The angular harp in Egypt came from Asia; it first appears on art works representing Asiatic musicians. Three nearly identical specimens from a more recent epoch have been preserved. One is displayed in the Egyptian department of the Metropolitan Museum of Art in New York; a second one can be seen in the Louvre, though displayed upside down; a third one was bought in Cairo by the author of this book for the Museum of Musical Instruments in Berlin. A famous relief in the museum in Alexandria, made in Heliopolis about 500 B.C., shows a similar harp in use and affords the only possibility of dating the three preserved specimens.
All of them have an upright, narrow body in one piece, with the front open. It is slightly deeper at the upper than at the lower end. This body is entirely sewn into a piece of leather, and the part of the leather which covers the open front serves as a soundboard. Just under the soundboard, forming its axis, there is a thin bar of wood held in position by crosspieces and used as a stringholder. The outer ends of the strings are fastened to a round stick, projecting at an acute angle from the lower end of the body.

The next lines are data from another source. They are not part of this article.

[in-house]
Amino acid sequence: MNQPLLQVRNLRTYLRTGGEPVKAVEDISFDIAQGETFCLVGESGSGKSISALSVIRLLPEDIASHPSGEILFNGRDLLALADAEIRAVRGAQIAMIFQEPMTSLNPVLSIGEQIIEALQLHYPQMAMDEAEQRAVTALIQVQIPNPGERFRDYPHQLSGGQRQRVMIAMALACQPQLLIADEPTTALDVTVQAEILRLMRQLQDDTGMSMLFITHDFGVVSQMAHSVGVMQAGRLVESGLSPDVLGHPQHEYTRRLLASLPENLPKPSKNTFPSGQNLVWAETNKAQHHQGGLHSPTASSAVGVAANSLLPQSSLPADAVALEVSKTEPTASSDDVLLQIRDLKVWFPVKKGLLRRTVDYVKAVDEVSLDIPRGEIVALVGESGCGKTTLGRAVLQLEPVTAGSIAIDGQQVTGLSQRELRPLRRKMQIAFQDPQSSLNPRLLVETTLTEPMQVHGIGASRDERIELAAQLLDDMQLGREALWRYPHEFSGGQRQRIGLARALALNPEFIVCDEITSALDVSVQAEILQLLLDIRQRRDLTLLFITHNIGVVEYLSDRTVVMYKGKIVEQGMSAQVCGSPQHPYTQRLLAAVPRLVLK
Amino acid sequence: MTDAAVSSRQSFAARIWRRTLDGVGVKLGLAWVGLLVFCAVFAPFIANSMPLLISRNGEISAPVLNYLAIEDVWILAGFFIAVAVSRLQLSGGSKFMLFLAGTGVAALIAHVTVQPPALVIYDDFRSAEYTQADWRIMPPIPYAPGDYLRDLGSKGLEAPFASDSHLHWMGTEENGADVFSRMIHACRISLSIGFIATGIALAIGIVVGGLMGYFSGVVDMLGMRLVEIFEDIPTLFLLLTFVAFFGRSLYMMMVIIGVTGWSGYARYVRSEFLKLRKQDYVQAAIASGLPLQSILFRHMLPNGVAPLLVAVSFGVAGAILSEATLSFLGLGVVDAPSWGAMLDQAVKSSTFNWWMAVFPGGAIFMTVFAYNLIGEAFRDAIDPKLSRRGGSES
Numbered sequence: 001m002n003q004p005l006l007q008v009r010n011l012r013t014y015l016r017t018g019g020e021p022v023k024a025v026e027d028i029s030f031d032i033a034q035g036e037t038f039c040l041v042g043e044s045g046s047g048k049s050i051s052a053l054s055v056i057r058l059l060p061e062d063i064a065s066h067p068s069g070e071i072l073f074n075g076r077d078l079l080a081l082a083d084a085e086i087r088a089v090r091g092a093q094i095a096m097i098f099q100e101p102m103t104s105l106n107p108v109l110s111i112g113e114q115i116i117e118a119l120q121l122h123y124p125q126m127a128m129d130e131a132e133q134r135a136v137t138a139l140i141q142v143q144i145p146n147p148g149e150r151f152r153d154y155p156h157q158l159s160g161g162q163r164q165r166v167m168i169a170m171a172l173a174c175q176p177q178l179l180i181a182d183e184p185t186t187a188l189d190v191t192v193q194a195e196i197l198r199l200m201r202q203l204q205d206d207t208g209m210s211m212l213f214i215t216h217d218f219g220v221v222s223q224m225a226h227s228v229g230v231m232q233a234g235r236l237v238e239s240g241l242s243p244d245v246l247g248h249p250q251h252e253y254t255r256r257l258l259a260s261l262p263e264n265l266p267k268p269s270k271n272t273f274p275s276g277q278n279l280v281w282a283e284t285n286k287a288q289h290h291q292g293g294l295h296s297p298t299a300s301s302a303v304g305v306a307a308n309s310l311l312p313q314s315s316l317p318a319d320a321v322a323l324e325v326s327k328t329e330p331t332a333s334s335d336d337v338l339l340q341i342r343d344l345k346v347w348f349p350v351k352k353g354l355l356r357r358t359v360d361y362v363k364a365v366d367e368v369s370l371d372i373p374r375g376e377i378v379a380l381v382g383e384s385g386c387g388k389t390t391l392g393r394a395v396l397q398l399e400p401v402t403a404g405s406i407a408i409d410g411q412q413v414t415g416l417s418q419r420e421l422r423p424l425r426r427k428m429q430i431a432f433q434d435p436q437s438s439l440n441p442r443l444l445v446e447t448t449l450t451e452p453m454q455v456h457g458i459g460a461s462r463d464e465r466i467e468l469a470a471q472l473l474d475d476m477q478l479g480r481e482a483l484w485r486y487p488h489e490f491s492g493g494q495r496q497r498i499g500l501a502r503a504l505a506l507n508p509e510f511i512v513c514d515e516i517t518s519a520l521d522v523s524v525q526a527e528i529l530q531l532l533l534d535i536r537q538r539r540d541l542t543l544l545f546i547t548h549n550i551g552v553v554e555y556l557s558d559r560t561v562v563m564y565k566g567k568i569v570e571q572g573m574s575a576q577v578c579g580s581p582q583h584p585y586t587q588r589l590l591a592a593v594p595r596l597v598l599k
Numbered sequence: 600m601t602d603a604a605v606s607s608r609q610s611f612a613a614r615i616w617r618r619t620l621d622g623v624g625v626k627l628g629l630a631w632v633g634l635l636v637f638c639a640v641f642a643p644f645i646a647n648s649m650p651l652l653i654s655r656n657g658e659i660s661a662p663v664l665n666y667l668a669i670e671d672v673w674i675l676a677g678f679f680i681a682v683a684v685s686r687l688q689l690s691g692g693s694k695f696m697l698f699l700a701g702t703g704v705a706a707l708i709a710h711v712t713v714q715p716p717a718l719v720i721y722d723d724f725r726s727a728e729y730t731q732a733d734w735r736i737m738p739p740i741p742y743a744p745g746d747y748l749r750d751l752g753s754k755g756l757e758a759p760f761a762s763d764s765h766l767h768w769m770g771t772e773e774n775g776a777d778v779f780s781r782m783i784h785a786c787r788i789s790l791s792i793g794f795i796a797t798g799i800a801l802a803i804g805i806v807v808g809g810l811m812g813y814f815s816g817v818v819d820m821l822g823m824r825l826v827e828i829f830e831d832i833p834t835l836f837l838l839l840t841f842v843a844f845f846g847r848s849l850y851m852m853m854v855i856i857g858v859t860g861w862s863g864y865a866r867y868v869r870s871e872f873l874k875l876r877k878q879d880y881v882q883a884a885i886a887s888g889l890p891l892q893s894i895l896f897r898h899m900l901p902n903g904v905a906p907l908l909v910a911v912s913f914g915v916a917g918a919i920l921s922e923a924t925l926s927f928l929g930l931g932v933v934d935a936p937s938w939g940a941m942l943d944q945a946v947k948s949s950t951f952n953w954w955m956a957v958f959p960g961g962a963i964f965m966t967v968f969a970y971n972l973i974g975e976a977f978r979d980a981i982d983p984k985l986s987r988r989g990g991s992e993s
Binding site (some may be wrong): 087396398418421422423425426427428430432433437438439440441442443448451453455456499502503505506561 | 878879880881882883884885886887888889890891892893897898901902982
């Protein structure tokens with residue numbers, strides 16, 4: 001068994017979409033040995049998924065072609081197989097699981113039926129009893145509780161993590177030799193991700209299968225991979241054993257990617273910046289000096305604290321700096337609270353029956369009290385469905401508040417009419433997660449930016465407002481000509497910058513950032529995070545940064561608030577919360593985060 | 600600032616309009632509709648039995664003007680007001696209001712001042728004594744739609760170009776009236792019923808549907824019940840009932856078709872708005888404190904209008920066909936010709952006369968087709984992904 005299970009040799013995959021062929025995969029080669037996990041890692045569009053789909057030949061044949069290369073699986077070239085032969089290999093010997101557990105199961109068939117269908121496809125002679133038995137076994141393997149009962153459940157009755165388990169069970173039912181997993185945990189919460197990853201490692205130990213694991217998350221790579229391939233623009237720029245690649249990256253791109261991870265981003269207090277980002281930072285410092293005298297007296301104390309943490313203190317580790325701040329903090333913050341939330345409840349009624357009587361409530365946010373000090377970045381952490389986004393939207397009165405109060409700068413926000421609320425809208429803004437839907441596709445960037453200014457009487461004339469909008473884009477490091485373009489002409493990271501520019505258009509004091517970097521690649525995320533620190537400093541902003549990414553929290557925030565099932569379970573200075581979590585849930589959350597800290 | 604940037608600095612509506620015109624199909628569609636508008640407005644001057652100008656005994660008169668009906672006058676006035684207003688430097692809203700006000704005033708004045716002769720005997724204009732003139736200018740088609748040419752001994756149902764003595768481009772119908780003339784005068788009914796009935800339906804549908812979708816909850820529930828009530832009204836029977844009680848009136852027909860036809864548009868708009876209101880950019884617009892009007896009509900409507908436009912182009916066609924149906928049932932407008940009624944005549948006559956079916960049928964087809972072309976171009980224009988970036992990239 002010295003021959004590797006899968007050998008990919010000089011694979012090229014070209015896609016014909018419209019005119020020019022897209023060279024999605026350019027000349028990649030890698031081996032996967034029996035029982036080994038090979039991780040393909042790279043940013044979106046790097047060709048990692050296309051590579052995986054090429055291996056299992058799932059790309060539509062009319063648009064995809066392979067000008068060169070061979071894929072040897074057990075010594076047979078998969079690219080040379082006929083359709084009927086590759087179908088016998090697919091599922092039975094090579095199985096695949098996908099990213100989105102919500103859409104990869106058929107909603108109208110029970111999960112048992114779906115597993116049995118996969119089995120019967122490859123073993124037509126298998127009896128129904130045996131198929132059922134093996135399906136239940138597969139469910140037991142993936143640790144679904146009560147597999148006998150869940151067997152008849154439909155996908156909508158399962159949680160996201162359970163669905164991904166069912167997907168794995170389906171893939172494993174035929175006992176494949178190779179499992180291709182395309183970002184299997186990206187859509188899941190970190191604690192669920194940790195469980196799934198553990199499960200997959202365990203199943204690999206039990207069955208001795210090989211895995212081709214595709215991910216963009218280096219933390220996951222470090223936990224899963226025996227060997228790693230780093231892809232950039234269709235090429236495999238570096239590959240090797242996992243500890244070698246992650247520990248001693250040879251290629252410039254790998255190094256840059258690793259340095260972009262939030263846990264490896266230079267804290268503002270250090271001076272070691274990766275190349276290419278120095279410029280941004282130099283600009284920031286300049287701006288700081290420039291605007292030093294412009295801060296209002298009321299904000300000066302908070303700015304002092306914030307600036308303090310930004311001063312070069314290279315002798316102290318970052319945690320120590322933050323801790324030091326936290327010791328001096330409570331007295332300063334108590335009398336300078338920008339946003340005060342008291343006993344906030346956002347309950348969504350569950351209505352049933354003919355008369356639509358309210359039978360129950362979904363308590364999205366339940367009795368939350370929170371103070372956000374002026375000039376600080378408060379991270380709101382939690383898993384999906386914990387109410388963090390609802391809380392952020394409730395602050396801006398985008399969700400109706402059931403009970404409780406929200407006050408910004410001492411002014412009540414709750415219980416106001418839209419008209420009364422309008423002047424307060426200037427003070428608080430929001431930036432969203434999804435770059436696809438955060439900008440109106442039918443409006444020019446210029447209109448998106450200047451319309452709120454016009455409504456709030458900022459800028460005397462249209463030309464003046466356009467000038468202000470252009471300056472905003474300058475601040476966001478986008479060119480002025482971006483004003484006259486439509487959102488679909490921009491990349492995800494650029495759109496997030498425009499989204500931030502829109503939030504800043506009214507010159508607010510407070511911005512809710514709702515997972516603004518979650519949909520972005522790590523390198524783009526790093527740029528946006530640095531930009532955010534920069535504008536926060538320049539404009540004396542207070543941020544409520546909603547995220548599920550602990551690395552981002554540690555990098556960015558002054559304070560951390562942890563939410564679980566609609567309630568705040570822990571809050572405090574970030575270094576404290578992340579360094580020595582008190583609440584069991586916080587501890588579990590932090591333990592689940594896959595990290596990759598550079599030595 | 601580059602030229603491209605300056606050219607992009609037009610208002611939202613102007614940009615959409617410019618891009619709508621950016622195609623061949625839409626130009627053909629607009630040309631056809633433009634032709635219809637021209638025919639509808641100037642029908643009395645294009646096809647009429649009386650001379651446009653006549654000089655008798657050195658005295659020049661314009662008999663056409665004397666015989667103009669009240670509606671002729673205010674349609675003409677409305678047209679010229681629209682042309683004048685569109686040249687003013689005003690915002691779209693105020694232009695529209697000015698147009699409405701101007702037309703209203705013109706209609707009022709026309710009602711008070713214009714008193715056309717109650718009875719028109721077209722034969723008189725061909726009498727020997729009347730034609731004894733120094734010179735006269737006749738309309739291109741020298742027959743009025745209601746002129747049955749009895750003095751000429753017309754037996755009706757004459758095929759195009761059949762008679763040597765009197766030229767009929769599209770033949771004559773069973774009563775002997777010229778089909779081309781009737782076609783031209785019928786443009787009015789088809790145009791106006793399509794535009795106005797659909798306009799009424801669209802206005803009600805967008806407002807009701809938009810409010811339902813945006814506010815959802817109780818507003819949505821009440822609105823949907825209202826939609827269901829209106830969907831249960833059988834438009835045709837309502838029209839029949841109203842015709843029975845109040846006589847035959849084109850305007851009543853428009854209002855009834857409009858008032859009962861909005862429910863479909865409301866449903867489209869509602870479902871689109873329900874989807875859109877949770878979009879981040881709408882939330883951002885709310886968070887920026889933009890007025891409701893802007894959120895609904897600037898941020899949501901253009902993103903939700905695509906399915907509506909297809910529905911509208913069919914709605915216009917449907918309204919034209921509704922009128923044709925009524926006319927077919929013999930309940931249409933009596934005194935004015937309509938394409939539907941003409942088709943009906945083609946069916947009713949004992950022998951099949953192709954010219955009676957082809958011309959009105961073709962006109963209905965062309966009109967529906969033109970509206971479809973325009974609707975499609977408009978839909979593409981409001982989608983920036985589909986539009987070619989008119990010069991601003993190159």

This stick, piercing the body, rests on the lap of the seated player while the body is held up against his chest, the strings facing outwards. Sometimes the player stands, supporting the stick between her legs. The strings, numbering twenty-one, twenty-two or twenty-three, are tied to cords, which in turn are tied around the stick and kept in position by unturnable knobs of alternately clear and dark color. The strings end in ornamental tassels hanging down from the stick.